557     and install a Portage snapshot for you through regular HTTP.
558     <c>emerge-webrsync</c> uses <c>wget</c> to download, so proxy is fully
559     supported.
560     <pre caption="Using emerge-webrsync">
561     ~# <c>emerge-webrsync</c></pre>
562     If you cannot do this either, you can manually download a snapshot
563     from <uri>http://distro.ibiblio.org/pub/linux/distributions/gentoo/snapshots/</uri>.
564     In order to install the snapshot correctly, you first need to remove
565     your current <path>/usr/portage</path> so that outdated ebuilds don't
566     stay available on your system. However, you might want to put
567     <path>/usr/portage/distfiles</path> somewhere safe if you don't want to
568     lose all your sourcecode.
569     <pre caption="Manually installing the snapshots">
570     <codenote>(First download the snapshot and place it in /usr)</codenote>
571     ~# <c>cd /usr</c>
572     ~# <c>mv /usr/portage/distfiles /usr/distfiles-temp</c>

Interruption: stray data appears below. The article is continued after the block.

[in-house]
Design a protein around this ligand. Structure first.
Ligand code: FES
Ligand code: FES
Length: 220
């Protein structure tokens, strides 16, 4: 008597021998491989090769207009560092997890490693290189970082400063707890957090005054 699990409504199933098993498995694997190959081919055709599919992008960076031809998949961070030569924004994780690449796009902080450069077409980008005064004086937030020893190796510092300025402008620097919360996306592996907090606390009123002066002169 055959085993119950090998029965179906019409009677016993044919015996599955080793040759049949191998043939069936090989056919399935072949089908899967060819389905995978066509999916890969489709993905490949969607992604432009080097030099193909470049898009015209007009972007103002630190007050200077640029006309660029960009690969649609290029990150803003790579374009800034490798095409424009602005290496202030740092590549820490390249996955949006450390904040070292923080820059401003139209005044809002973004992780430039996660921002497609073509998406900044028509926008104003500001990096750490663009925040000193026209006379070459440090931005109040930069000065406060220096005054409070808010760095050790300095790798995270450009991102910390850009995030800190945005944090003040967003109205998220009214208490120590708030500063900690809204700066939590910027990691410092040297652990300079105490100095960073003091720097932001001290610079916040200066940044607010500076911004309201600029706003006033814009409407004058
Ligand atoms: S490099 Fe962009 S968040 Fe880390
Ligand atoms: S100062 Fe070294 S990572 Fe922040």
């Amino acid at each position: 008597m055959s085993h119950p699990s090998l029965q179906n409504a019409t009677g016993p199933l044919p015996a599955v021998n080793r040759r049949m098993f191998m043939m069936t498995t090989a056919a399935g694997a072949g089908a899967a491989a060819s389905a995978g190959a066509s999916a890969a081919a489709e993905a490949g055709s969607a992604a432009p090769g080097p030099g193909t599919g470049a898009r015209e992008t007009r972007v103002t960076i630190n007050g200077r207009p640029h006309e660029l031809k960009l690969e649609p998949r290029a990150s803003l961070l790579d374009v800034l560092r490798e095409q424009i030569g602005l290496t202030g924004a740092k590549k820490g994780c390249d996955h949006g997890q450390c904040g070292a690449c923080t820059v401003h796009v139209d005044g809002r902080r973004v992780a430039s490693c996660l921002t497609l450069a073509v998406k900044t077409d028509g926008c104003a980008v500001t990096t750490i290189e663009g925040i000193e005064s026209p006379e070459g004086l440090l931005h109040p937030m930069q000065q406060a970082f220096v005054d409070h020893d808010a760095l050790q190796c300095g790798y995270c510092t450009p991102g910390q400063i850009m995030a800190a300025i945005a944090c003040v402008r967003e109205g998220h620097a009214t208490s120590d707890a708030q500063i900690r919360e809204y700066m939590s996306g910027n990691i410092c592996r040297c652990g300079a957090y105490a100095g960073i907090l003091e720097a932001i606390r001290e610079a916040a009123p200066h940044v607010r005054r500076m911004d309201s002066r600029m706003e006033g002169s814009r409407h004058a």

573     ~# <c>rm -rf /usr/portage</c>
574     ~# <c>tar xvjf portage-foo.tbz2</c>
575     ~# <c>mv /usr/distfiles-temp /usr/portage/distfiles</c></pre>
576 drobbins 1.1 </p></body>
577     </section>
578    
579     <section>
580     <title>How do I use <i>emerge</i> from behind a firewall?</title>
581     <body><p>
582     Edit the PROXY settings in <path>/etc/make.conf</path>. If that doesn't work,
583     edit <path>/etc/wget/wgetrc</path> and edit http_proxy and ftp_proxy
584     appropriately.
585     </p></body>
586     </section>
587    
588     <section>
589     <title>Can I rsync from another operating system?</title>
590     <body><p>There's a program called unison that works under both UNIX and Win32, available from
591     <uri>http://www.cis.upenn.edu/~bcpierce/unison/</uri>.</p></body>